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leg cramps (partially blocked arteries)

Posted By  CCF Cardio MD-APS on October 08, 1997 at 16:04:47:

In Reply to: leg cramps (partially blocked arteries) posted by Jo ANn Christina on September 29, 1997 at 17:23:53:

: In searching for information concerning leg and foot cramps for my
  86-year-old stepfather, I came across your web page and article called
  "Leg cramps may warn of blocked arteries."  This is in fact a contributing
  factor in his (Jack Bates') case.  He has been told he has intermittent
  claudication, and all that is suggested is that he walk as much as
  possible.  Jack also had a heart attack in February, and is currently
  taking medication and being monitored by a heart specialist.  His heart
  is weak (apparently too weak for surgery); part of his problem is
  combatting congestive heart failure; there is some damage to the heart,
  and two leaky valves.   Also, he smoked until he was 65, which has not
  helped his circulation.
  His leg and foot cramps are now so bad that he almost never gets a good
  night's sleep, and must often get up and rub his legs and feet, or walk
  around.  He dozes during the day in a recliner to catch up on his sleep.
  Your article mentioned other effective treatments than surgery.  Could
  you possibly describe them, so we could mention them to Jack's doctors?
  It's possible that he's getting the best possible care, but then again,
  no one is mentioning anything except walking, and it's nice to have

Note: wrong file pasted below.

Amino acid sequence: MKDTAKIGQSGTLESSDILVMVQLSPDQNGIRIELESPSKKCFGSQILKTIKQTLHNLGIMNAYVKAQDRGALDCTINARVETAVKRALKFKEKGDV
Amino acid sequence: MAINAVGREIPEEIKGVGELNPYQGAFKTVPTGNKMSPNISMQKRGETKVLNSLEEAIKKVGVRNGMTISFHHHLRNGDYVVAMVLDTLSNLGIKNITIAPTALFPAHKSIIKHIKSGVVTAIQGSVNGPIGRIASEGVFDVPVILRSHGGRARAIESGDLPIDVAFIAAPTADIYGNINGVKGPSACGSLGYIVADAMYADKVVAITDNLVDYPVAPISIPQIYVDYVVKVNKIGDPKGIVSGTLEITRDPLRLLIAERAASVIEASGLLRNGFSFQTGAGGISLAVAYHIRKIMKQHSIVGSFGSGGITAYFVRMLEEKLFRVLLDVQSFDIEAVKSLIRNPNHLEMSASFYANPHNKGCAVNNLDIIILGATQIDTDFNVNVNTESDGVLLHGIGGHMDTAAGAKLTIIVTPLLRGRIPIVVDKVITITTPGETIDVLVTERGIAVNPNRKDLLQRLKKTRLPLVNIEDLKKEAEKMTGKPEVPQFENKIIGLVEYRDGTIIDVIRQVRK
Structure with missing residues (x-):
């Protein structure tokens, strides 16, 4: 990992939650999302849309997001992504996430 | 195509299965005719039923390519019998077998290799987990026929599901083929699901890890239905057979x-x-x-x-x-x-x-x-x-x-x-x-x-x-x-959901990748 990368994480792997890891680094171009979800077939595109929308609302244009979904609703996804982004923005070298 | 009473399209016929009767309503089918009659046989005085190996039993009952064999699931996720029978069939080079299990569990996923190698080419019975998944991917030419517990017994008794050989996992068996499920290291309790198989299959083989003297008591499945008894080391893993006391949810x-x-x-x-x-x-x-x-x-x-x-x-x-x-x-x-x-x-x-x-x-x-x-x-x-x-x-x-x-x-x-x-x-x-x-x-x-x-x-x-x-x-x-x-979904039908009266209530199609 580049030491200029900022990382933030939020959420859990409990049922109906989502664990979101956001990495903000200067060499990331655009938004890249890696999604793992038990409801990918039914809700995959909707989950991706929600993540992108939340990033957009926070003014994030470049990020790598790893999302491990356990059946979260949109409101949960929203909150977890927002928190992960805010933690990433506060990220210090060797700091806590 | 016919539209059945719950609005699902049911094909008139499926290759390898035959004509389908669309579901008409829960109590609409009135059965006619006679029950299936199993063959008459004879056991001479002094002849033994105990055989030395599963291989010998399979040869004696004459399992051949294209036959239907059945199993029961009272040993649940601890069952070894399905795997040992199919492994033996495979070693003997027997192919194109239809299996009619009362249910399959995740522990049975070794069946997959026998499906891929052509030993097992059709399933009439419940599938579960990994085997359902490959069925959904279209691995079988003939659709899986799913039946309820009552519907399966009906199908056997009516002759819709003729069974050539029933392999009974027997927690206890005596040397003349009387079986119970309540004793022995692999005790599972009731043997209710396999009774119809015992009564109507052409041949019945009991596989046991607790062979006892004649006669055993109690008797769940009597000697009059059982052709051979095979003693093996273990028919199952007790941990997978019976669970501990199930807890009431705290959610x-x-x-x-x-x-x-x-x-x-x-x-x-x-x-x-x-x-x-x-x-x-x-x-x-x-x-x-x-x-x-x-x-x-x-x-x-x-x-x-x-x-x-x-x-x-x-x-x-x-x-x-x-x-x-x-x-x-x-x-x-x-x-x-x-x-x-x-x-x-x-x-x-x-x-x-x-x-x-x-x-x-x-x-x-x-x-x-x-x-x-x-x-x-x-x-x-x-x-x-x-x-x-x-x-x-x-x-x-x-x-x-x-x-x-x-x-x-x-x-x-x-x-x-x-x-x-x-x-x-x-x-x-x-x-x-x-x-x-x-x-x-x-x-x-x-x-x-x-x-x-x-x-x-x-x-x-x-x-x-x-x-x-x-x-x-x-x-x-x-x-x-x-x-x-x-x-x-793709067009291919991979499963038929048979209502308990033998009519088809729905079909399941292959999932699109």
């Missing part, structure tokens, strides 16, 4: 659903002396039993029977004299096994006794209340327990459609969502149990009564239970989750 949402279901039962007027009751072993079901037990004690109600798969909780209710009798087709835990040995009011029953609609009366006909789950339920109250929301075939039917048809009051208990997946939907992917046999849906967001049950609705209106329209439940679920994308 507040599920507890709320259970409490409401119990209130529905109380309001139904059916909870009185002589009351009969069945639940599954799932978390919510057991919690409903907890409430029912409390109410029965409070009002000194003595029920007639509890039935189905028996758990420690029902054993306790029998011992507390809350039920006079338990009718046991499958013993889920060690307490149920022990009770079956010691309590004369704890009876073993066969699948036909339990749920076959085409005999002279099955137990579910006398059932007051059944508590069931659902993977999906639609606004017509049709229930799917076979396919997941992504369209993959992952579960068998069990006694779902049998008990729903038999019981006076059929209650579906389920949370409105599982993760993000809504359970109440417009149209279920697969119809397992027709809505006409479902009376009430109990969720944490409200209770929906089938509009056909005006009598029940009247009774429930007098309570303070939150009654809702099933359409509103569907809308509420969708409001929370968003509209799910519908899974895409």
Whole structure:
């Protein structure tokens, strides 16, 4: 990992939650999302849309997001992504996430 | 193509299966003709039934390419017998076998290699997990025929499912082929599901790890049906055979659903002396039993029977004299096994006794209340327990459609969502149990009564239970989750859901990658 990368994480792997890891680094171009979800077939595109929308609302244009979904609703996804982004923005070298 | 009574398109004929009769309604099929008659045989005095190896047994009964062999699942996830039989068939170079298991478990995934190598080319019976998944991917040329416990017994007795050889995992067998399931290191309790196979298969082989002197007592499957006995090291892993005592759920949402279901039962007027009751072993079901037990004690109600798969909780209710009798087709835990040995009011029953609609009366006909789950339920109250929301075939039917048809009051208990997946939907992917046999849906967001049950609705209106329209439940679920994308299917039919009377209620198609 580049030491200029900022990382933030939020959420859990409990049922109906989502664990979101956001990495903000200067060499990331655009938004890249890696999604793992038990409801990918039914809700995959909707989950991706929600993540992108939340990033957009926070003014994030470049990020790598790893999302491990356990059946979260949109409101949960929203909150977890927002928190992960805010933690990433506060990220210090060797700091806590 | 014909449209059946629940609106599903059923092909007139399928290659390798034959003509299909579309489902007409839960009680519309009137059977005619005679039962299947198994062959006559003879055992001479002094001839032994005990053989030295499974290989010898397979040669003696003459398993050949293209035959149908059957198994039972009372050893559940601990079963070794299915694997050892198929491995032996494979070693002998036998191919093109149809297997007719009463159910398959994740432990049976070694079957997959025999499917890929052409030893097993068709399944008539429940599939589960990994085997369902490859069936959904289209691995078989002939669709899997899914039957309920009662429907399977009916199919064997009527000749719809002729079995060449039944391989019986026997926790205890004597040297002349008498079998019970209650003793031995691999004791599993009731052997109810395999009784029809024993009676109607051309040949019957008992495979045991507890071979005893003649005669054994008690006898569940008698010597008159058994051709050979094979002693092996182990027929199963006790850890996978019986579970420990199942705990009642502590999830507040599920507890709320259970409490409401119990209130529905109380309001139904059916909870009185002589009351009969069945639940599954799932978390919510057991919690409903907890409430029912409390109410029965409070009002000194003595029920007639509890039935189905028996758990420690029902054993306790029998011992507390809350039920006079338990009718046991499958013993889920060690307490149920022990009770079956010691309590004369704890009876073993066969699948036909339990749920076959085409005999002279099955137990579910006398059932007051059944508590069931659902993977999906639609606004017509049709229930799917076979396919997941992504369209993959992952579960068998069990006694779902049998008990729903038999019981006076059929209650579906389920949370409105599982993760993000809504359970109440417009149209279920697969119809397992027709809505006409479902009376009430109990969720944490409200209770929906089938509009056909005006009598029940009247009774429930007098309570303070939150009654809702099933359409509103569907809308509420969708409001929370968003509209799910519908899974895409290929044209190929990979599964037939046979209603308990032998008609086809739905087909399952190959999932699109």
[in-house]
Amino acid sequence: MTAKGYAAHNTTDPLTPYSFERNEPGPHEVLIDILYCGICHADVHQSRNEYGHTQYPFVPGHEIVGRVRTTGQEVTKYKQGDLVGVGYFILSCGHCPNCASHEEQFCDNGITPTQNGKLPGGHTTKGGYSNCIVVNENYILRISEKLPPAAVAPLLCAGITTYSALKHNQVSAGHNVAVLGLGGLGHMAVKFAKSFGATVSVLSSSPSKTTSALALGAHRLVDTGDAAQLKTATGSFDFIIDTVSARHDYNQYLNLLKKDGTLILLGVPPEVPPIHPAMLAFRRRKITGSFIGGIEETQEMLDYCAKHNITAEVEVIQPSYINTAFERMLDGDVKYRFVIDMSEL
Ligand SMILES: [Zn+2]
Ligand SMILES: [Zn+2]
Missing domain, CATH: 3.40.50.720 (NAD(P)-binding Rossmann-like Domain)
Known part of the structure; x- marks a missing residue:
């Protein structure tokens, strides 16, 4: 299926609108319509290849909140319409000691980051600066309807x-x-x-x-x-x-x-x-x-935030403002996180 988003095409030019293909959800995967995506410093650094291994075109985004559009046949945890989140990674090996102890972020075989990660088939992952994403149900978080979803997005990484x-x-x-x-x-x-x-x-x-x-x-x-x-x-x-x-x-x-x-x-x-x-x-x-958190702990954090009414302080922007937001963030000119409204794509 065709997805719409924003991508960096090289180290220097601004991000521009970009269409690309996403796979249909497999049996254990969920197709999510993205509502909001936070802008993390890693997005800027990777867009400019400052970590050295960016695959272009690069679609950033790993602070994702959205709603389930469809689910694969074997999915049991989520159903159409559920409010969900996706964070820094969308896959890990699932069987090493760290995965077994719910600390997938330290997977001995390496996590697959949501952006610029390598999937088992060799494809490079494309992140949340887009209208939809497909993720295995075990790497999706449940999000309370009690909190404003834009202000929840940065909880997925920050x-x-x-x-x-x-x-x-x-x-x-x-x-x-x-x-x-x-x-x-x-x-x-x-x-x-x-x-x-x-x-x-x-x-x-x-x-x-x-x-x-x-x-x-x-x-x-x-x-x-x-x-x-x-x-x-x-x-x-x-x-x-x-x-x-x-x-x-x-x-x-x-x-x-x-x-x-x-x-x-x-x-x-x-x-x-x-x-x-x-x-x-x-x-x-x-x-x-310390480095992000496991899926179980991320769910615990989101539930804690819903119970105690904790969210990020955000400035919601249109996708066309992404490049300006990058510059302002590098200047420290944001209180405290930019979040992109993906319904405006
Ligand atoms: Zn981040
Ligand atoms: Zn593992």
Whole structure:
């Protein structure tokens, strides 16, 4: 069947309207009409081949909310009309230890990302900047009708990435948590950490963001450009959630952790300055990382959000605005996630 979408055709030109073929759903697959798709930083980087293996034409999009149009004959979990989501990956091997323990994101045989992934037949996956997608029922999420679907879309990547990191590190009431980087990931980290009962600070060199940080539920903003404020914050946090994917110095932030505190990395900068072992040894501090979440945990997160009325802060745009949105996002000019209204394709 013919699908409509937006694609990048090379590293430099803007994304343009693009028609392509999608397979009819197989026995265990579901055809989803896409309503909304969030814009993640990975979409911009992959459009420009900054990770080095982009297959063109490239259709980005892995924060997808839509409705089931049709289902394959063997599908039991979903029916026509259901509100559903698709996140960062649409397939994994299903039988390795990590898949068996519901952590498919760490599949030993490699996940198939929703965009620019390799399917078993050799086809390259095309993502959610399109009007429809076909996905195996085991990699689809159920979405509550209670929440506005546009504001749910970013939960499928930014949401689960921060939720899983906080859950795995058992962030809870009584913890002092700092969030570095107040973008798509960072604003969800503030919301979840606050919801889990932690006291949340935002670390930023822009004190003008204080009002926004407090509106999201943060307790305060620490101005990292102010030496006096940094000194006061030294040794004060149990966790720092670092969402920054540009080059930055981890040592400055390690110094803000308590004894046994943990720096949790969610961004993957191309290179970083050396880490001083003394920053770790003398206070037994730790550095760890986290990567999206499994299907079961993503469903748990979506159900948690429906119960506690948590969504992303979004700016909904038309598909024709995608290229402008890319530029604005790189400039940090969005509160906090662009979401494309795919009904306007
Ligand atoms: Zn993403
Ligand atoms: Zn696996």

information from outside his current system.
  Any information you can offer would be greatly appreciated.
  Thanks for your help.
  Jo Ann Christina
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Avatar universal
Dear Jo Ann,
Firstly I am not sure what article you are referring to in your question regarding your step-father's leg cramps.  Claudication is leg pain resulting from decreased blood and oxygen supply to the muscles of the legs, hence it is usually worse with any exercise, even just walking, and always relieved with rest of those(leg)muscles.
Leg cramps at night are common in the elderly and sometimes are relieved with quinine, a medication that requires a precription mainly because, as with most medicines, there are potential side effects that depend on the patient's other medical conditions as well as the other medications he|she is taking.
If you would like your step-father to be evaluated at the Cleveland Clinic by a cardiologist for his heart disease or by a vascular medicine physician for his claudication just call 1-800-CCF-CARE for an appointment.
Information provided in the Heart Forum is intended for general medical informational purposes only.  Actual diagnosis and treatment of any particular medical condition can only be made by your physician(s).

Sincerely, APS MD

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